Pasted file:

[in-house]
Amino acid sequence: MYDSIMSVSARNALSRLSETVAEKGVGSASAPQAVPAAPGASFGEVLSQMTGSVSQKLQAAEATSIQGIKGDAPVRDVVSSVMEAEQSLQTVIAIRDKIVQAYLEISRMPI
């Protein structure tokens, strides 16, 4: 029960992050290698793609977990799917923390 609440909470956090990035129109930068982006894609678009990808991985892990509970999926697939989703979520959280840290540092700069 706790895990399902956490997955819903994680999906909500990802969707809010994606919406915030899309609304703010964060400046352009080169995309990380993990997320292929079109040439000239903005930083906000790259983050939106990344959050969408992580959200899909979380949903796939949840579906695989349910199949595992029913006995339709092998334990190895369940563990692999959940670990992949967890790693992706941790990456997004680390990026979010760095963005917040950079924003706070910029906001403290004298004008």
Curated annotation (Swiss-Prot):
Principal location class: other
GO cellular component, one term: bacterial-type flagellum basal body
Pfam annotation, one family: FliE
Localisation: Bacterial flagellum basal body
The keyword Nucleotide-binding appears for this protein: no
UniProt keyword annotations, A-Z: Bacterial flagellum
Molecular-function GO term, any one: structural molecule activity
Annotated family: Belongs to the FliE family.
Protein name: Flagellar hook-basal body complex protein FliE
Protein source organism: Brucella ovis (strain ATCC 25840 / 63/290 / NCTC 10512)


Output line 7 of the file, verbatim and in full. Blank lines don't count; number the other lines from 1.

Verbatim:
Pfam annotation, one family: FliE